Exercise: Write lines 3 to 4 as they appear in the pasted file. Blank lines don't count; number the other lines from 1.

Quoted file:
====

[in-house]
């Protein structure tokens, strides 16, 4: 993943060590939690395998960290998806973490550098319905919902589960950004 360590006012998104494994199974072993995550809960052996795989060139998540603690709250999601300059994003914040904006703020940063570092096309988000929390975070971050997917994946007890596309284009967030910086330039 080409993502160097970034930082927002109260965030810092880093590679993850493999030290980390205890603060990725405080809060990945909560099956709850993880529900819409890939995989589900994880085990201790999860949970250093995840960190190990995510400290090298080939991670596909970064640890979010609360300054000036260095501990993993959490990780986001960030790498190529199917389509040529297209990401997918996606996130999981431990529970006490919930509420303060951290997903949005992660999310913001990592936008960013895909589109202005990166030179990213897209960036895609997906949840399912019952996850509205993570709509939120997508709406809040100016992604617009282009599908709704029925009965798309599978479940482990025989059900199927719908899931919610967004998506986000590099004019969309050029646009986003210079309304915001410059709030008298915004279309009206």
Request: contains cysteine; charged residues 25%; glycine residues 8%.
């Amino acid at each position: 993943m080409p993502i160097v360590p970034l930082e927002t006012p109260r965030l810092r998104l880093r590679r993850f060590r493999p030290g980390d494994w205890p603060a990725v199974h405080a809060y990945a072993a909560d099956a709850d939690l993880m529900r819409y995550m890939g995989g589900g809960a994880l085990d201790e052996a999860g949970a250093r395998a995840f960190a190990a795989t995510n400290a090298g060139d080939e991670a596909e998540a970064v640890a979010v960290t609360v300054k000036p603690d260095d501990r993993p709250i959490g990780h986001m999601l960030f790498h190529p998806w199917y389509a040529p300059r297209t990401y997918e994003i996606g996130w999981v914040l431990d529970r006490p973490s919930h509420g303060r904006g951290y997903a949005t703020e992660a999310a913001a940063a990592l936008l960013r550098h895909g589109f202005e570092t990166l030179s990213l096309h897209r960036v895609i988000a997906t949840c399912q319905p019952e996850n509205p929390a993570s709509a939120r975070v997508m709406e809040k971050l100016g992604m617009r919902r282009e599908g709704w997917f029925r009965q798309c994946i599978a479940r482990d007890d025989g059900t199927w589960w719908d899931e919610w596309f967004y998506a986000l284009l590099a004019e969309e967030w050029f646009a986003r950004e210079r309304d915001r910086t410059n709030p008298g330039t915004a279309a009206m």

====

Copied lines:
Request: contains cysteine; charged residues 25%; glycine residues 8%.
């Amino acid at each position: 993943m080409p993502i160097v360590p970034l930082e927002t006012p109260r965030l810092r998104l880093r590679r993850f060590r493999p030290g980390d494994w205890p603060a990725v199974h405080a809060y990945a072993a909560d099956a709850d939690l993880m529900r819409y995550m890939g995989g589900g809960a994880l085990d201790e052996a999860g949970a250093r395998a995840f960190a190990a795989t995510n400290a090298g060139d080939e991670a596909e998540a970064v640890a979010v960290t609360v300054k000036p603690d260095d501990r993993p709250i959490g990780h986001m999601l960030f790498h190529p998806w199917y389509a040529p300059r297209t990401y997918e994003i996606g996130w999981v914040l431990d529970r006490p973490s919930h509420g303060r904006g951290y997903a949005t703020e992660a999310a913001a940063a990592l936008l960013r550098h895909g589109f202005e570092t990166l030179s990213l096309h897209r960036v895609i988000a997906t949840c399912q319905p019952e996850n509205p929390a993570s709509a939120r975070v997508m709406e809040k971050l100016g992604m617009r919902r282009e599908g709704w997917f029925r009965q798309c994946i599978a479940r482990d007890d025989g059900t199927w589960w719908d899931e919610w596309f967004y998506a986000l284009l590099a004019e969309e967030w050029f646009a986003r950004e210079r309304d915001r910086t410059n709030p008298g330039t915004a279309a009206m």